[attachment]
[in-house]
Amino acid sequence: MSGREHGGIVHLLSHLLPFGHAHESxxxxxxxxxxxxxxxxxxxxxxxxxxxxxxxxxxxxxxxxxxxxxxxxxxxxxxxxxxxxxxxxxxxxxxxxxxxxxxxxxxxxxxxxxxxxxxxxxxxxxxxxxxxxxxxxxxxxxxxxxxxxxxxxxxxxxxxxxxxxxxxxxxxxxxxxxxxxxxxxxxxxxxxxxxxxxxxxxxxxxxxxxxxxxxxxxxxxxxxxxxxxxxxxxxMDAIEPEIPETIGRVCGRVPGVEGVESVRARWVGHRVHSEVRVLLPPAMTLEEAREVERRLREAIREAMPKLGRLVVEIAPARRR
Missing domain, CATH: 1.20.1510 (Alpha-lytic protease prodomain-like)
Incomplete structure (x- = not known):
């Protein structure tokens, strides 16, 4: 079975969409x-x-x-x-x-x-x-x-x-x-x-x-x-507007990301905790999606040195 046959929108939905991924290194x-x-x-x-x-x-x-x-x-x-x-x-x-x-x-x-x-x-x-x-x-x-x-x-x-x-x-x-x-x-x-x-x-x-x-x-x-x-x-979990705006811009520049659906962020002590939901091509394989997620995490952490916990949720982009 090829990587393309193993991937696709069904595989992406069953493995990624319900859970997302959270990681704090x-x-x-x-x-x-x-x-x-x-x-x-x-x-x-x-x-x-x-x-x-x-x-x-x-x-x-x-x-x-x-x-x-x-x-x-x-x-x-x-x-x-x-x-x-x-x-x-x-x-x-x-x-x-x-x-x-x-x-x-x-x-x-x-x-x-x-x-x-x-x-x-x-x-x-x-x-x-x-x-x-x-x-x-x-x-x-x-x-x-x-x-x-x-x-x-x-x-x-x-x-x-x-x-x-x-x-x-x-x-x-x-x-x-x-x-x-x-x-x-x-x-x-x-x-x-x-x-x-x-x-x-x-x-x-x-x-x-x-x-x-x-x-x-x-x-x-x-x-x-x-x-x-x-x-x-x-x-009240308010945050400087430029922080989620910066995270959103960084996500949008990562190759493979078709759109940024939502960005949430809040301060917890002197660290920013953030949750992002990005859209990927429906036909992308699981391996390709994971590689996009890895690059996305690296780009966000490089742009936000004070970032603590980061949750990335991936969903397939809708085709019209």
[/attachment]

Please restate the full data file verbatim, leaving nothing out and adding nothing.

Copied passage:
[in-house]
Amino acid sequence: MSGREHGGIVHLLSHLLPFGHAHESxxxxxxxxxxxxxxxxxxxxxxxxxxxxxxxxxxxxxxxxxxxxxxxxxxxxxxxxxxxxxxxxxxxxxxxxxxxxxxxxxxxxxxxxxxxxxxxxxxxxxxxxxxxxxxxxxxxxxxxxxxxxxxxxxxxxxxxxxxxxxxxxxxxxxxxxxxxxxxxxxxxxxxxxxxxxxxxxxxxxxxxxxxxxxxxxxxxxxxxxxxxxxxxxxxMDAIEPEIPETIGRVCGRVPGVEGVESVRARWVGHRVHSEVRVLLPPAMTLEEAREVERRLREAIREAMPKLGRLVVEIAPARRR
Missing domain, CATH: 1.20.1510 (Alpha-lytic protease prodomain-like)
Incomplete structure (x- = not known):
């Protein structure tokens, strides 16, 4: 079975969409x-x-x-x-x-x-x-x-x-x-x-x-x-507007990301905790999606040195 046959929108939905991924290194x-x-x-x-x-x-x-x-x-x-x-x-x-x-x-x-x-x-x-x-x-x-x-x-x-x-x-x-x-x-x-x-x-x-x-x-x-x-x-979990705006811009520049659906962020002590939901091509394989997620995490952490916990949720982009 090829990587393309193993991937696709069904595989992406069953493995990624319900859970997302959270990681704090x-x-x-x-x-x-x-x-x-x-x-x-x-x-x-x-x-x-x-x-x-x-x-x-x-x-x-x-x-x-x-x-x-x-x-x-x-x-x-x-x-x-x-x-x-x-x-x-x-x-x-x-x-x-x-x-x-x-x-x-x-x-x-x-x-x-x-x-x-x-x-x-x-x-x-x-x-x-x-x-x-x-x-x-x-x-x-x-x-x-x-x-x-x-x-x-x-x-x-x-x-x-x-x-x-x-x-x-x-x-x-x-x-x-x-x-x-x-x-x-x-x-x-x-x-x-x-x-x-x-x-x-x-x-x-x-x-x-x-x-x-x-x-x-x-x-x-x-x-x-x-x-x-x-x-x-x-x-009240308010945050400087430029922080989620910066995270959103960084996500949008990562190759493979078709759109940024939502960005949430809040301060917890002197660290920013953030949750992002990005859209990927429906036909992308699981391996390709994971590689996009890895690059996305690296780009966000490089742009936000004070970032603590980061949750990335991936969903397939809708085709019209």